- Time and Date: 13:30-17:30, Friday, December 8, 2017
As social and economic importance of standards is growing due to advances in information and communications technology and the spread of the Internet of Things (IoT), coordination of standards and intellectual property (patents) has become critical. To date, standards developing organizations (SDOs) have worked to coordinate standards and patents by formulating intellectual property rights (IPR) policies and requesting owners of patents which are essential to standards to declare licensing patents on fair, reasonable, and non-discriminatory (FRAND) terms. At the seminar, experts made presentations, considering what is necessary to realize a virtuous cycle in which intellectual property creates innovation and standards diffuse the fruits of such innovation. In Part I, researchers in the fields of economics and law made presentations from the standpoints of empirical research and theories, comparing different approaches to solving disputes. They also discussed the current situation and analyses of licensing negotiations and calculation methods of FRAND royalties. In Part II, experts on Japanese and overseas companies that are proactively engaged in standardization activities as well as policy experts discussed the direction for strategies that governments and companies should take.
YANO Makoto (President and CRO, RIETI / Professor, Institute of Economic Research, Kyoto University)
Standards and specifications like the metric system have long been created by national governments. Today, however, they are beginning to be formed in a decentralized manner through private organizations.
With advancements in IT, there are many cases where multiple companies or institutions form a pool for cross-licensing relevant patents, within which they establish standards and specifications. Through them, participants can jointly use new technologies while protecting the IPR of these technologies.
Deciding how to contribute patents to a pool represents an important issue for the development strategy and patent utilization strategy of these companies. A pool of patents on the standards and specifications for a particular information technology has important implications in competition policy.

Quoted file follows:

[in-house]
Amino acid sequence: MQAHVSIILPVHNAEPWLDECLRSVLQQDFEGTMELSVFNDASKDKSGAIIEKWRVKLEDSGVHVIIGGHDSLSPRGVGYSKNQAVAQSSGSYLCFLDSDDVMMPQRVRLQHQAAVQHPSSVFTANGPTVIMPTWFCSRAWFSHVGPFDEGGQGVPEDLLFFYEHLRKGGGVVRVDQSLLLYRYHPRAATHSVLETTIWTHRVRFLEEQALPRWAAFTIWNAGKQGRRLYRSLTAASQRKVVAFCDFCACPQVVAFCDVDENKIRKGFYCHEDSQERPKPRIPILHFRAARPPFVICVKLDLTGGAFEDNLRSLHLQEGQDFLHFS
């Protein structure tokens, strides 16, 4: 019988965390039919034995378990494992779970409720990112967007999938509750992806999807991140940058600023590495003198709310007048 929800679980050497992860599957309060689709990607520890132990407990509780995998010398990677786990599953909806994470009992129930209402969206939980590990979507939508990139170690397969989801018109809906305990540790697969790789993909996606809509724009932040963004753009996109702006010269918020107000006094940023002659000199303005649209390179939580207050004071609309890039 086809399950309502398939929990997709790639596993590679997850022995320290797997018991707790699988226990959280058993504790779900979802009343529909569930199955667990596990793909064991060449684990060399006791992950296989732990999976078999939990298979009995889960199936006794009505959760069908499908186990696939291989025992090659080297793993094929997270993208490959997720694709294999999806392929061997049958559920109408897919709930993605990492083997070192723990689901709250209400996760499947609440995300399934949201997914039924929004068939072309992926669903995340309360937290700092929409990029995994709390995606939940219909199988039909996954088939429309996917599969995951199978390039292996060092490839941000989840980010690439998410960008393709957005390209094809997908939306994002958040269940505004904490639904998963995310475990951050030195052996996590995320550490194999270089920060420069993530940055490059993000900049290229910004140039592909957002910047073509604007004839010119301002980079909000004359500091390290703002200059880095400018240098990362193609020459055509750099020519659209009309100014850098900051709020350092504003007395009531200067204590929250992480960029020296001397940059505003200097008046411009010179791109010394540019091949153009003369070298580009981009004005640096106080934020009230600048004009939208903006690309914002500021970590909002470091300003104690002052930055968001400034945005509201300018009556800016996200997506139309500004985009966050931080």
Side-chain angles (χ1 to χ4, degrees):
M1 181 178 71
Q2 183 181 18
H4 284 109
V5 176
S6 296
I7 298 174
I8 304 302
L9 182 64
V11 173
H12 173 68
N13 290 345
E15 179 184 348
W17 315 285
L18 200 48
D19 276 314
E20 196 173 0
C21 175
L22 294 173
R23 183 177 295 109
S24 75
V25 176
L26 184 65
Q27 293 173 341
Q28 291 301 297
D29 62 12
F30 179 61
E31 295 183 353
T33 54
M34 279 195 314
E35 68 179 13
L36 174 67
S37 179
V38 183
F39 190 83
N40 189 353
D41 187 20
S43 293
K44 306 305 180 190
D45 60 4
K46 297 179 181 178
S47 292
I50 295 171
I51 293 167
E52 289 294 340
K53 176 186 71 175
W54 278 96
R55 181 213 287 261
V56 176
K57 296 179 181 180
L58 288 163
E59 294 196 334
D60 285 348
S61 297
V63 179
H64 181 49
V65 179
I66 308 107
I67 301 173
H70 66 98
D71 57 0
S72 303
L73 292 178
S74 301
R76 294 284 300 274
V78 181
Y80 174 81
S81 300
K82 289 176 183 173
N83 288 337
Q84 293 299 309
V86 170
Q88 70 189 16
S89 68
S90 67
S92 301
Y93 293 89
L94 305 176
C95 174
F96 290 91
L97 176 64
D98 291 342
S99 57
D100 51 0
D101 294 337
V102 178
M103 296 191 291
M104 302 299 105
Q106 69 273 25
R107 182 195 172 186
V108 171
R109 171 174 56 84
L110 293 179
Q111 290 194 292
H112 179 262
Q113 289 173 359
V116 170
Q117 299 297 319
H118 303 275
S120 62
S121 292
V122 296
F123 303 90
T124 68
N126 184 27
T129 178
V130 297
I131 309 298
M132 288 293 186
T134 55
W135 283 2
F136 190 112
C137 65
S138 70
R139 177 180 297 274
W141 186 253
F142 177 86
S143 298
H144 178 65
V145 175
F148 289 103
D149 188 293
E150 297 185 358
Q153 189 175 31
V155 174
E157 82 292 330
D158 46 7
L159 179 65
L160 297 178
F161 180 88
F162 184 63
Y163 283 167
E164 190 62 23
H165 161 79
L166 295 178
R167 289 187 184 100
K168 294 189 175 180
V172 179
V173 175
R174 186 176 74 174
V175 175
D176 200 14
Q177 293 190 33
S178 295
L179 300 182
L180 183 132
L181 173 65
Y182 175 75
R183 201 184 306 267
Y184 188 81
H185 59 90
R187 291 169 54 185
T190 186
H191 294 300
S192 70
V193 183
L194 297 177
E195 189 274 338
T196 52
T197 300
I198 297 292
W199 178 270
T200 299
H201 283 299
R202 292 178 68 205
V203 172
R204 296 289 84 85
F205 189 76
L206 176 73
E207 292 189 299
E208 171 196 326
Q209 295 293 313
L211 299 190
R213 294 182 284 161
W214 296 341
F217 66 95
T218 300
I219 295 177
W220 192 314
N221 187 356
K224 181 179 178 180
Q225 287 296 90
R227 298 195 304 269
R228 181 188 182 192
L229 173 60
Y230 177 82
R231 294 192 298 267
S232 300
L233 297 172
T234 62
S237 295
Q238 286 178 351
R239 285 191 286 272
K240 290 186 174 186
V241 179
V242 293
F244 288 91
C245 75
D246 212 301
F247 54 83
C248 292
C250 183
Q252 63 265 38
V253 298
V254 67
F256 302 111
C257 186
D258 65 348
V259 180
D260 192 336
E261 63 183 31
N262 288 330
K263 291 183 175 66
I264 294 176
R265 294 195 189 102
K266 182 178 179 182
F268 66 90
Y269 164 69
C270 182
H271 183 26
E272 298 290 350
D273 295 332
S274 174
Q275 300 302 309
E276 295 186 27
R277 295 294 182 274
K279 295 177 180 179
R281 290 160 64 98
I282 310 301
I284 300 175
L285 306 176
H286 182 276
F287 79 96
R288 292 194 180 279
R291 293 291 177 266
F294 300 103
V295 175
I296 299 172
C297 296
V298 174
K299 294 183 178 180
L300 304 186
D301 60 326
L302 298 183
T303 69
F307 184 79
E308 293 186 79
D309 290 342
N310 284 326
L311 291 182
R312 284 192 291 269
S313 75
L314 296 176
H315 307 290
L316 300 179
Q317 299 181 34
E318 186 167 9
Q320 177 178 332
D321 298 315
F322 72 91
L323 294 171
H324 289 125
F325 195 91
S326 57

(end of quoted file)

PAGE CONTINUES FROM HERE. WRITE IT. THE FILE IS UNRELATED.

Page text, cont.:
At today's seminar, Professor Masabumi Suzuki of Nagoya University will make a presentation on the research outcomes of RIETI's standardization and IPR project. Also, three prominent guest speakers from the United States—Dr. Anne Layne-Farrar of Charles River Associates, Professor Jorge L. Contreras of the Utah S.J. Quinney College of Law, and Dr. Dina Kallay of Ericsson—will present on recent developments worldwide. Furthermore, a discussion will be held on the future strategy for government policy and business, led by Mr. Tetsuya Mimura of NTT DOCOMO, INC. and Ms. Noriko Fukuoka of Panasonic Intellectual Property Management Co., Ltd., representing corporate Japan, together with Professor Juichi Nagano, former director of International Standards Strategy of the Ministry of Economy, Trade and Industry.
I hope that today's seminar will serve as an opportunity for everyone to deepen your understanding and develop a shared understanding with regard to standardization and IPR.
Presentation 1: Standards and IP–From the viewpoint of economics–
Anne LAYNE-FARRAR (Vice President, Charles River Associates)
Arms' length negotiations vs. litigation
Arm's length negotiations tend to center the royalty discussion on the value that the patents are bringing to the products. They are about the value contributed to the implementer of the standard and seldom touch on whether the patent is essential or not. This value negotiation tends to focus on a handful of representative patents in order to make it a manageable negotiation. Typical terms and conditions are that the license will cover the entire portfolio rights, including standard-essential patents (SEPs) and non-SEPs. You tend to see a single rate for use of the patented portfolio around the world as well as a table with volume discounts.
Litigation on the other hand is quite different. Even in circumstances when the litigation framework is relying on a hypothetical framework, the court does not replicate the circumstances seen in the world. Focus is placed on monetary terms, such as lump sum payments and royalties, and non-pecuniary terms tend to be ignored. This sets up tension between arm's length negotiations and litigation because of the legal limitations imposed on courts. Patents are jurisdiction specific, and efficient and fair court treatment of FRAND requires balance of jurisdictional issues and accounting for the global nature of the portfolio. In addition, SEP portfolios tend to be large. The courts need to think beyond their normal limitations of looking in-depth for a small number of patents, and think more broadly about the special circumstances that arise in FRAND litigation.